BT rings up £366 million boost for Tees Valley economy
BT has given a massive £366 million boost to the Tees Valley economy in the past year, according to an independent study published today.
The report, by Regeneris Consulting, highlights the huge local impact of BT’s activities including its takeover of EE, which has reinforced the communications company’s position as one of the region’s leading employers.
It revealed BT supported around 12,600 jobs in the North East – of which more than 3,500 are in Tees Valley- through direct employment, spending with contractors and suppliers and the spending of employees.
The report has been welcomed by the Confederation of British Industry (CBI).
Sarah Glendinning, CBI regional director for the North East, said: “This latest research demonstrates the extent to which BT plays a key role in our local communities. There is not a businessperson or family in this region who – directly or indirectly – is not affected by BT’s activities as a supplier of essential services, such as superfast broadband, major employer, investor or purchaser.
“In a competitive world, in which trade and relationships increasingly transcend regional and national boundaries, rapid and effective communications are ever more vital.”
More than 8,500 people are directly employed by BT and its EE business in the North East – equivalent to one in three employees working in the region’s IT and communications sector. Of these, more than 2,500 work in the Tees Valley.
In employment terms, BT and EE’s impact in the 2015-16 financial year was larger than the region’s civil engineering sector.
Around £70 million was spent with North East suppliers– including £19 million in Tees Valley.
The overall economic impact of BT and EE activities is expressed as a “Gross Value Added” (GVA)** contribution. For the North East this combined GVA totalled £1.16 billion – equivalent to £1 in every £40 of the region’s total GVA – of which £366 million was in Tees Valley.
‘The Economic Impact of BT and EE in the UK’ outlines the combined economic contribution of the two companies across the English regions, Scotland, Wales and Northern Ireland in the financial year 2015-16.
Tim Fanning, associate director ofRegeneris Consulting, said: “Our latest analysis has shown that, together, BT and EE contributed around £1 in every £70 of economic output in the UK in 2015/16. This is clearly a very substantial combined economic footprint. Moreover, this contribution is spread throughout communities up and down the country.”
Farooq Hakim, BT’s regional director for the North East, said: “Few organisations have a more positive and direct impact on the local economy and the region’s communities than BT.
“The acquisition of EE means we can invest even further, enabling people living and working in Tees Valley to get access to the best communications - fixed line, mobile and broadband services - now and in the future.
“As well as providing the means for families, homeworkers, companies and other organisations to communicate and do business in new and exciting ways, BT is helping to support other firms and suppliers in the county with the company’s procurement and overall expenditure and the spending of its employees.”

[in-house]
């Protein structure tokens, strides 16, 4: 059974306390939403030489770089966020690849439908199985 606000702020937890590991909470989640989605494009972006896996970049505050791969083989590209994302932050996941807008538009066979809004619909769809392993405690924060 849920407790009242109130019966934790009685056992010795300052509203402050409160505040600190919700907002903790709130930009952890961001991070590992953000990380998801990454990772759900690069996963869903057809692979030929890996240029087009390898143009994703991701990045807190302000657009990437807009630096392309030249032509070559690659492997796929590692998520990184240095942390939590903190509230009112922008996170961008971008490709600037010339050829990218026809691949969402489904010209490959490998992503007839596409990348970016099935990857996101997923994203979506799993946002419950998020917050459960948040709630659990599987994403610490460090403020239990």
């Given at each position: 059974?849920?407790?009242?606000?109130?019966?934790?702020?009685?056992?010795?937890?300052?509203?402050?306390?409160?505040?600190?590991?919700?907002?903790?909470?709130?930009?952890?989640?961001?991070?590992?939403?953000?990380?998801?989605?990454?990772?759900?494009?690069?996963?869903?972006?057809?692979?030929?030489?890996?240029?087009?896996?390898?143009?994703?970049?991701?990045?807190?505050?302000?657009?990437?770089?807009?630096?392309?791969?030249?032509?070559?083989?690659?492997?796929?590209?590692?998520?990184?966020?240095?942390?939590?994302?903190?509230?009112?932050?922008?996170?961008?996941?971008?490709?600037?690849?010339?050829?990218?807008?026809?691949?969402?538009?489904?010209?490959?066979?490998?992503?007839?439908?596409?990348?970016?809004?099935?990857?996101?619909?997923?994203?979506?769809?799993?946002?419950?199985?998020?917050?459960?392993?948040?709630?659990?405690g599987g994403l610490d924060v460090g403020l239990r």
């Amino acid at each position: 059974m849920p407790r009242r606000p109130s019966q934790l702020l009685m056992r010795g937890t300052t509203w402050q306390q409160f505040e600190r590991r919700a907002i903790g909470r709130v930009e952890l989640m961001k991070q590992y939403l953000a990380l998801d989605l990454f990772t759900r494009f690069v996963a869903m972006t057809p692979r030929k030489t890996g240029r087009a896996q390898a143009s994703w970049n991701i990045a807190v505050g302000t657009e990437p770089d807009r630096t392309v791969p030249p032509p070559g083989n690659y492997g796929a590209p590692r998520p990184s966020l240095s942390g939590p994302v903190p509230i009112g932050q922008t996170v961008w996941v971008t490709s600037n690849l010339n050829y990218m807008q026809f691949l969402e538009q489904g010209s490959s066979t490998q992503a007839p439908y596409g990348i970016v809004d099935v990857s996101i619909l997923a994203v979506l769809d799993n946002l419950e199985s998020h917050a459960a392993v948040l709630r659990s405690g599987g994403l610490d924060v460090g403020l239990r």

The report highlights that BT, including EE, in the North East was responsible for the employment of around 8,500 people and contractors in 2015-16 - with a total income of around £224 million, and provides work for a further 4,000 people through spending with businesses that supply equipment and services, as well as through the spending of its staff.
The company employs staff in every part of the region. Key local centres include: Harton Quay in South Shields, Gosforth Contact Centre in Newcastle and EE contact centres in Darlington, Sunderland and North Tyneside.
Openreach – BT’s local network business – which provides services for hundreds of communications companies and their customers, recently announced it had completed the recruitment of around 45 extra engineers in the North East to help install new lines and clear faults more quickly.
The new recruits are also working on rolling out fibre broadband to more households and businesses beyond the more than one million premises in the region, which already have access to the high-speed technology.
BT’s investment of more than £3 billion in fibre broadband across the UK includes the company working in partnership with the Government, local authorities and other bodies to help make the technology even more widely available across the region, especially in rural areas.
In the North East, BT is the major private sector partner in fibre broadband partnerships in Northumberland, Durham, Tees Valley, South Tyneside, North Tyneside, Sunderland, Newcastle, and Gateshead.
Earlier this year, BT announced Openreach and EE would be investing around £6 billion more over the next three years in the first phase of a plan to extend superfast broadband and 4G coverage beyond 95 per cent of the country by 2020.
The company is also aiming to make ultrafast broadband available to up to 12 million UK homes and businesses by the end of 2020 using G.fast and fibre to the premises (FTTP) technologies. The Gosforth area of Newcastle was one of the first locations in the UK chosen to trial the G.fast technology.
UK-wide, BT and EE’s total GVA contribution in 2015/16 is assessed at £23.1 billion. The company supports 259,000 jobs directly and indirectly. BT and EE’s full economic impact is equivalent to £1 in every £70 of GVA in the UK economy and one in every 95 UK employees.
The full report is available at: www.bt.com/reports